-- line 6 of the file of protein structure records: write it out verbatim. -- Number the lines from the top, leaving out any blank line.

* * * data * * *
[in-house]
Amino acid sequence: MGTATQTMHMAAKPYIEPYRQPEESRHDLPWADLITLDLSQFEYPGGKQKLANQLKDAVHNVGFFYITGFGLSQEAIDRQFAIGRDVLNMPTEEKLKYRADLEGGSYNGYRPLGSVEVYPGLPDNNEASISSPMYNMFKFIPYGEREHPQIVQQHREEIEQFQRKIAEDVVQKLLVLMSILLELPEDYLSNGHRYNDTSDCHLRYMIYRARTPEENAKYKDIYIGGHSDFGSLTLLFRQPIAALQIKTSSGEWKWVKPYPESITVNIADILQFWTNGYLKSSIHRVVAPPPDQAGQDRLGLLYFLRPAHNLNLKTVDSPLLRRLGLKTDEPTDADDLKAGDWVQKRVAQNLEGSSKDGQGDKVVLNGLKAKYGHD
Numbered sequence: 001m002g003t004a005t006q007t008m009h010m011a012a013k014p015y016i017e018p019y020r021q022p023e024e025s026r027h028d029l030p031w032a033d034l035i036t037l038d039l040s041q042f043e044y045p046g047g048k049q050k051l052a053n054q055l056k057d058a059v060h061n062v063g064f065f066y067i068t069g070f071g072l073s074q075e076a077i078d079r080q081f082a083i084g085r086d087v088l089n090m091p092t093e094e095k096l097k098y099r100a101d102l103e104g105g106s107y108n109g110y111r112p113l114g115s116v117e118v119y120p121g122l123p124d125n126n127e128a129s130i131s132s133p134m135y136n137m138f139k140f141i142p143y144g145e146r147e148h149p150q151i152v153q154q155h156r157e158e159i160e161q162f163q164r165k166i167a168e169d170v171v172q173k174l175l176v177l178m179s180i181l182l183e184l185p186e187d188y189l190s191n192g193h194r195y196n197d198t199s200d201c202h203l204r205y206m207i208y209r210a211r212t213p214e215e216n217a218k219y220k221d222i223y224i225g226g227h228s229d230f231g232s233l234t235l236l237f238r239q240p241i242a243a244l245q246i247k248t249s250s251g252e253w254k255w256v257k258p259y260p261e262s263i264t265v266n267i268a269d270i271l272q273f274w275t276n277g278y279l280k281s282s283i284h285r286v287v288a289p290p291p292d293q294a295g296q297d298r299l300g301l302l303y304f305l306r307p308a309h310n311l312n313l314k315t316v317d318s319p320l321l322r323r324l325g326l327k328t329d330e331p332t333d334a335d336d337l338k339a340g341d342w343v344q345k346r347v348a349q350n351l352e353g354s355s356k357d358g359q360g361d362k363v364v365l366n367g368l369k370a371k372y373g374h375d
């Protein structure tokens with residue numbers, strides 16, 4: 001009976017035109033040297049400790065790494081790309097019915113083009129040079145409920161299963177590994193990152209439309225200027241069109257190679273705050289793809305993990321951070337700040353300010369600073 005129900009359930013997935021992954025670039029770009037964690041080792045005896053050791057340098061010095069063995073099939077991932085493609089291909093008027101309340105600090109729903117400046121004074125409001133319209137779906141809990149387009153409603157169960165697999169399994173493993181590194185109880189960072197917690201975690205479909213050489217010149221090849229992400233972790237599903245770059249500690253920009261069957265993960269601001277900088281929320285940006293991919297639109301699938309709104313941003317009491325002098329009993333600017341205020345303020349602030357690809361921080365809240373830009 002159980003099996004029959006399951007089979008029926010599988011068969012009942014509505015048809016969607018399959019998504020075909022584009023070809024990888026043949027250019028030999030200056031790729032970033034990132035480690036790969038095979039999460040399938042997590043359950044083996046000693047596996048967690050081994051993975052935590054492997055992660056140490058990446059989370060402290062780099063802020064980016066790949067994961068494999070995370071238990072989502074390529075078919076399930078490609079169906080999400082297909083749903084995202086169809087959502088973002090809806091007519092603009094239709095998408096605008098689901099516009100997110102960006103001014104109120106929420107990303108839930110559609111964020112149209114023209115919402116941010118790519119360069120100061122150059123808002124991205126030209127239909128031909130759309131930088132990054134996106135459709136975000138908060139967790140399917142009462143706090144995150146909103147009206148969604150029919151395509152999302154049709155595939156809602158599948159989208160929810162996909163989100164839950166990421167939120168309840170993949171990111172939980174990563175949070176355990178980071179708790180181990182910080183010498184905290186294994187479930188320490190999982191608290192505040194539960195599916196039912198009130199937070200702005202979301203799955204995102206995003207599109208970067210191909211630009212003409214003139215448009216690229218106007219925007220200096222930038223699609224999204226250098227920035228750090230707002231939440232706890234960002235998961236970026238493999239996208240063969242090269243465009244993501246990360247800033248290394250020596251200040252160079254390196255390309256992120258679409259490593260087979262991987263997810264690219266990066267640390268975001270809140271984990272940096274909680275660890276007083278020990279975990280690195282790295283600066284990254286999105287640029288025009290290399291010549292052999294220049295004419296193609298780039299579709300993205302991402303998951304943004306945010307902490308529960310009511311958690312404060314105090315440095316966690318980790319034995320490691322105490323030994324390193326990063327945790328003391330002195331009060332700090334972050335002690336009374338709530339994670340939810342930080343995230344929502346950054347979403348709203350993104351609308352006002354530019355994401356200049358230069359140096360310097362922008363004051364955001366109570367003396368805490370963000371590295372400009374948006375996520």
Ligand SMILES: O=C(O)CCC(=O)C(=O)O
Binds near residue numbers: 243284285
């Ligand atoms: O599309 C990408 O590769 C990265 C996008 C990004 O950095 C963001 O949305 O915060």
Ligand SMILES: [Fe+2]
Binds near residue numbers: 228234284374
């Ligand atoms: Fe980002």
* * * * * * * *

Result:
Binds near residue numbers: 243284285